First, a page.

‘Time To Start Fresh’

(Campus Monitor Receives Home Through HFH)

By Aubrey Medina & Rihana Medrano-Thompson

Campus Monitor Ms. Crystal Alvarado and her two sons moved into their new home during the holiday season, courtesy of Habitat for Humanity.

Alvarado, who joined Pueblo’s security team last February, remained patient throughout the long process of qualifying for a new home.

“Once I was accepted [just nine out of 300 applicants], I actually worked 250 hours with the construction of the home,” Alvarado said. “My sons [Jacob and Estevan—a sophomore at Pueblo] weren’t eligible to help because they’re both younger than 16. They weren’t even allowed on the construction site.”

After all the sweat and body aches, Alvarado said the effort was “beyond worthwhile”.

“I have a home near Sentinel Peak [‘A’ Mountain] with a gorgeous view of the city,” she said. “Christmas this year was a little different—as we were moving and settling in.”

Alvarado finished her application to the Habitat for Humanity program a year ago, and “graduated” in July 2023 after meeting numerous qualifications. She found time on weekends and weekday evenings to meet the mandatory 250 hours of labor.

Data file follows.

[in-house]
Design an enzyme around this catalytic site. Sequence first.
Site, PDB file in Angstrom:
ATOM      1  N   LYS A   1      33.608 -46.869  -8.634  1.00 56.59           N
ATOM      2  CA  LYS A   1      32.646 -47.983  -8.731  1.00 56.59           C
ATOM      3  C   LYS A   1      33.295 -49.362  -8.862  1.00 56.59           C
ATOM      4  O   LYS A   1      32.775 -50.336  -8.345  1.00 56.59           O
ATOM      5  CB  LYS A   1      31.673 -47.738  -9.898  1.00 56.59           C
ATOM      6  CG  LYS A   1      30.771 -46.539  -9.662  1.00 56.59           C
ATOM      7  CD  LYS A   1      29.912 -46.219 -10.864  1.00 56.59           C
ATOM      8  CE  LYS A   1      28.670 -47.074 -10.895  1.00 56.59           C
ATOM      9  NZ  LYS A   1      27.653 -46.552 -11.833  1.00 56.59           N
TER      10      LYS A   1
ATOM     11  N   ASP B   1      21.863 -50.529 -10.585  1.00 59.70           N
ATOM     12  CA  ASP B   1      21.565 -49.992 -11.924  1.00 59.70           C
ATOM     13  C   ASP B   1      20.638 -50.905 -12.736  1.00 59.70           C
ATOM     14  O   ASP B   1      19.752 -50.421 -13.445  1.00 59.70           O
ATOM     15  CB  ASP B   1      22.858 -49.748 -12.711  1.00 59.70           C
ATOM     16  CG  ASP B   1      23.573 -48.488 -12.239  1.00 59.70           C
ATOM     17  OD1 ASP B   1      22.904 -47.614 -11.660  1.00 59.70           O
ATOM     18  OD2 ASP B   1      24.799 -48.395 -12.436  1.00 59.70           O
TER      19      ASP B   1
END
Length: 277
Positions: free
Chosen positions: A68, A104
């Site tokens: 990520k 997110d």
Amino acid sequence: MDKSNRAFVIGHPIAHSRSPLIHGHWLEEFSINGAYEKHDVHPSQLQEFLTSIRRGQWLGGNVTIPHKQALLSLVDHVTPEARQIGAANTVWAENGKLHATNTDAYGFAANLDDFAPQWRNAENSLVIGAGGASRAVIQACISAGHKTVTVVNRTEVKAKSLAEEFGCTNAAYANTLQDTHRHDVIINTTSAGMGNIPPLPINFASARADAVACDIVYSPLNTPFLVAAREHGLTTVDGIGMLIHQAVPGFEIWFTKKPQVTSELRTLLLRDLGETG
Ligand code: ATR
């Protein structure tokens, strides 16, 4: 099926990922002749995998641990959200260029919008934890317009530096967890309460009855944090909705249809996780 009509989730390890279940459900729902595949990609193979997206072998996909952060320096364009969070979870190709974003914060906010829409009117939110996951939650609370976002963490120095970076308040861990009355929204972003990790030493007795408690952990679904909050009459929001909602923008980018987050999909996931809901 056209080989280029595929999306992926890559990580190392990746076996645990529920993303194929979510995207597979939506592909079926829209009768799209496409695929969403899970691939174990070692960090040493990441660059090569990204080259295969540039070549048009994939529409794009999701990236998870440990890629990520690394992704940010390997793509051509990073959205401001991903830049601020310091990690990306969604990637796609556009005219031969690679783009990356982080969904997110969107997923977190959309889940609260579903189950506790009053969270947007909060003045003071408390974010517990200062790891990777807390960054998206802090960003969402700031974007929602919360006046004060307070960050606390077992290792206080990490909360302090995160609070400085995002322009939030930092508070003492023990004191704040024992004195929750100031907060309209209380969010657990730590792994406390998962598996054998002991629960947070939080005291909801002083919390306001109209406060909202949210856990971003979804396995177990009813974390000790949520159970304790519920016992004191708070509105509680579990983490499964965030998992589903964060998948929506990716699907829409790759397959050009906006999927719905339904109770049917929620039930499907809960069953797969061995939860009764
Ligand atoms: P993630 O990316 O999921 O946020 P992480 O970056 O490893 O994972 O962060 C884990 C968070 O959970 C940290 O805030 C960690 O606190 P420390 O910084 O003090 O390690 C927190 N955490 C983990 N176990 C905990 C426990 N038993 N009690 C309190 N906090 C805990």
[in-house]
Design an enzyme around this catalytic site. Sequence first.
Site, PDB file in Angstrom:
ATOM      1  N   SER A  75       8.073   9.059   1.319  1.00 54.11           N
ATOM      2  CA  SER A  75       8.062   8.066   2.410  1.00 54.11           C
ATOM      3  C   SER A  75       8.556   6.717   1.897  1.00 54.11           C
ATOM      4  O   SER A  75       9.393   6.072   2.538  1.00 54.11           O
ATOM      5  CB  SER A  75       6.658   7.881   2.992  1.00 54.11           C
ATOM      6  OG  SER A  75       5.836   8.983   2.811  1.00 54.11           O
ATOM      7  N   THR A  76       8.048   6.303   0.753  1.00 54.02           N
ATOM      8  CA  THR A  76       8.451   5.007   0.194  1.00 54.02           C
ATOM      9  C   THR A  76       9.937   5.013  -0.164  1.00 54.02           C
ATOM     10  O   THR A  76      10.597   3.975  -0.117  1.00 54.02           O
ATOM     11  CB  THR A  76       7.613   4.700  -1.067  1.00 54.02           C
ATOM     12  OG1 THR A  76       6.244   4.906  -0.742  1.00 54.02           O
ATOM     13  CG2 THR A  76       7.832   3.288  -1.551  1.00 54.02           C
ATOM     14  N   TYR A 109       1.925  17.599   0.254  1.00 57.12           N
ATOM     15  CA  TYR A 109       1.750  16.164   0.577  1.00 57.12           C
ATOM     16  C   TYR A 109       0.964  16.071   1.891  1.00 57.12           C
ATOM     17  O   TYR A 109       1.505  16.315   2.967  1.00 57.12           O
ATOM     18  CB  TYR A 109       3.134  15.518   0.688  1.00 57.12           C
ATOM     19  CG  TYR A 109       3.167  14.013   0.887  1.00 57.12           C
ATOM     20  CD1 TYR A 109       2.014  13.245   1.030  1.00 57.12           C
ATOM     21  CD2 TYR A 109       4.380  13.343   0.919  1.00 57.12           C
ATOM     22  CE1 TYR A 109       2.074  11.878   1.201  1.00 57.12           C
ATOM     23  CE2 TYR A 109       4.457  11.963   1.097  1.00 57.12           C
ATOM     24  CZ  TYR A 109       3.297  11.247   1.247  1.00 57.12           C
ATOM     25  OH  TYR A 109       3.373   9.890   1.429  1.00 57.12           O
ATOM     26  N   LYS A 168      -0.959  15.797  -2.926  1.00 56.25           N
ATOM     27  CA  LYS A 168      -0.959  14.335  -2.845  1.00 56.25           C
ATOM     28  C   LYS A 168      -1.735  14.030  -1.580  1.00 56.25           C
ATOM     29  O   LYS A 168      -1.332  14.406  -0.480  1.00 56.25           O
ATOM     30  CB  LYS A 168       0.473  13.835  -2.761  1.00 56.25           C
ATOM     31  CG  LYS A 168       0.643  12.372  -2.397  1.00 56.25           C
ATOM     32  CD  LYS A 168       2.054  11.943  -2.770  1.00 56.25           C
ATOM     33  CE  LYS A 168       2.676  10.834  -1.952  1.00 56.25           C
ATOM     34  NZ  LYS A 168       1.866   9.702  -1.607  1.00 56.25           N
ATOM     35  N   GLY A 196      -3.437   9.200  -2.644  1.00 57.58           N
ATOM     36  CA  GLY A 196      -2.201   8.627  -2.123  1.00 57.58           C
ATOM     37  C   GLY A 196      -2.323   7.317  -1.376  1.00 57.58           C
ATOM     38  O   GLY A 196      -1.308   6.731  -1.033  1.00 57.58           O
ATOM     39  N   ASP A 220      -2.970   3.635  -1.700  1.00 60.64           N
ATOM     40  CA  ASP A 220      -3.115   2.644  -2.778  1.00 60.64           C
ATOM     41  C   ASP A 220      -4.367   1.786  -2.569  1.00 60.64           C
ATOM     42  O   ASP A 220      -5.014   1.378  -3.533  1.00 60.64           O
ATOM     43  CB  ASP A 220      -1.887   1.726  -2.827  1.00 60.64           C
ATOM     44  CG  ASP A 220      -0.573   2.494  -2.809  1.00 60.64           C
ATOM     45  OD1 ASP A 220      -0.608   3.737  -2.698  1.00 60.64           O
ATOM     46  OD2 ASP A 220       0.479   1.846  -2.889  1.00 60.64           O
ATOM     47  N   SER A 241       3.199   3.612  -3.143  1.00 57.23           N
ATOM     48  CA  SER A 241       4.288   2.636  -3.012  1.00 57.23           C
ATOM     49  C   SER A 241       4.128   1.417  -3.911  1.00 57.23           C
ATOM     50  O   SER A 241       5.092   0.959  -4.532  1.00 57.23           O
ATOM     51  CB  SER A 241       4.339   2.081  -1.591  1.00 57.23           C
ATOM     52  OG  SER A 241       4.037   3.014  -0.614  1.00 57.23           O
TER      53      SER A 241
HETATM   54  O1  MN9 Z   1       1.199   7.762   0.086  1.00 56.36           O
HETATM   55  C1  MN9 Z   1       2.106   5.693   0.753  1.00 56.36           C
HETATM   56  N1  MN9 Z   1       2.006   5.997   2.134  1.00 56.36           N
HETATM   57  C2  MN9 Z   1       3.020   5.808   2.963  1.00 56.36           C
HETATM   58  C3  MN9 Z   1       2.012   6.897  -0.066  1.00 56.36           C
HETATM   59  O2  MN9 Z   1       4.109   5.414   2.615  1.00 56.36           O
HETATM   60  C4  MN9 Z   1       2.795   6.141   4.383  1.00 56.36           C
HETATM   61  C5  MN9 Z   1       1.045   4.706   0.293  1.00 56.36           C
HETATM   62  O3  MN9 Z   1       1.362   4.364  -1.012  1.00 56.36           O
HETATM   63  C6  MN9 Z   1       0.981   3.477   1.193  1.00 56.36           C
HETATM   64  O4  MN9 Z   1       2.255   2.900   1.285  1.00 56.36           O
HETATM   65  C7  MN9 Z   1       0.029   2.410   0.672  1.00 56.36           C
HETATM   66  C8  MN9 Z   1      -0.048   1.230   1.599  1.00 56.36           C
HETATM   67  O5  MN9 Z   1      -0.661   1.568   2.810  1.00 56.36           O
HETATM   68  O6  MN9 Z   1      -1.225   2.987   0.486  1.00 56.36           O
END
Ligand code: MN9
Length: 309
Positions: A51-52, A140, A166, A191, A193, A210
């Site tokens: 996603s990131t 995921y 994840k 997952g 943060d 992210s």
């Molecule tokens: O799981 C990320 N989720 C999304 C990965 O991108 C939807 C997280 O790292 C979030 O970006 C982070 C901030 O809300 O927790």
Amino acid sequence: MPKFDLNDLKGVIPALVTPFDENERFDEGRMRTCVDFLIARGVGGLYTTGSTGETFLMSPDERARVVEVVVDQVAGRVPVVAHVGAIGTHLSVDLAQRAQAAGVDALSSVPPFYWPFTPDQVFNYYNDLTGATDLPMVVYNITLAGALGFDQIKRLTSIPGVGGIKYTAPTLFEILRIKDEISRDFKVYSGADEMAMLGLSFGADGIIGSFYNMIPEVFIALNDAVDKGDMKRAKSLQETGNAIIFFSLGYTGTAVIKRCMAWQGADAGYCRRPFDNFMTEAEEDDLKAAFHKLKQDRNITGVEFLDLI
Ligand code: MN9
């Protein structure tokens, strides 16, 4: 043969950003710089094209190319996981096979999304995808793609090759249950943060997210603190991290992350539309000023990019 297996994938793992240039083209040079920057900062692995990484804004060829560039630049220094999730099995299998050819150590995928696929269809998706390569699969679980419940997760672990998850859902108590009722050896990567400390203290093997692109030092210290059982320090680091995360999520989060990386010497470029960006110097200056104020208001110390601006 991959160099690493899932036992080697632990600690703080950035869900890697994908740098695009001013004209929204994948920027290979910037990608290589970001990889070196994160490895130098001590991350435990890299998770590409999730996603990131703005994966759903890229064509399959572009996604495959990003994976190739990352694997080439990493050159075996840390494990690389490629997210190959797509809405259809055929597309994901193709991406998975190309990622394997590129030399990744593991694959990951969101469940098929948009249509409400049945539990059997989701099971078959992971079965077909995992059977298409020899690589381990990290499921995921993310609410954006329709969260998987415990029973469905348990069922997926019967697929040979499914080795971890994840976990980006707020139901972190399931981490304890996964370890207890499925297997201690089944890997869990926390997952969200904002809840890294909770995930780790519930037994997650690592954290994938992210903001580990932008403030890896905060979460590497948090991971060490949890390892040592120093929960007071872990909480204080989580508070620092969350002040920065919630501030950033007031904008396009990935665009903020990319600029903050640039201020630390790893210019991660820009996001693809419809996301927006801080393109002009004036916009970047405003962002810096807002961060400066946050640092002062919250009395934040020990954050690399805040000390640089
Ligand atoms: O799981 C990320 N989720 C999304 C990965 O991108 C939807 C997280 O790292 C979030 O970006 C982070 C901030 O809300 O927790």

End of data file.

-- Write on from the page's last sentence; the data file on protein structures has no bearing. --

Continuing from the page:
“There were a lot of times I just wanted to give up,” Alvarado said. “I didn’t, though. Working on the construction of my own home ended up being an accomplishment I’ll never regret.”

One of the many benefits of being a HFH recipient is not paying interest on a mortgage payment, saving the family tens of thousands of dollars over the life of the mortgage.

The Alvarado’s said they plan to start off “fresh”—no old furniture, dishes, and other household items.

“We are starting off with just our clothes, a few television sets and my sons’ game consoles,” Alvarado said.

[Habitat for Humanity, founded in 1976 by married couple Millard and Linda Fuller, is a partnership, not a giveaway program. Habitat’s homeowner families buy the houses that Habitat builds and renovates. Habitat homeowners also invest hundreds of hours of their own labor working alongside volunteers. As a result, Habitat for Humanity houses are affordable to low-income families around the world. The organization operates with financial support from national governments, philanthropic foundations, corporations and mass media companies. foundations.

Habitat directly helps more than four million people each year secure decent, affordable housing, and an additional eight million people now have the potential to improve their housing conditions through a range of indirect services. Our annual report provides full details.

Habitat for Humanity continues to build and renovate decent, affordable housing in all 50 U.S. states and more than 70 other countries.]

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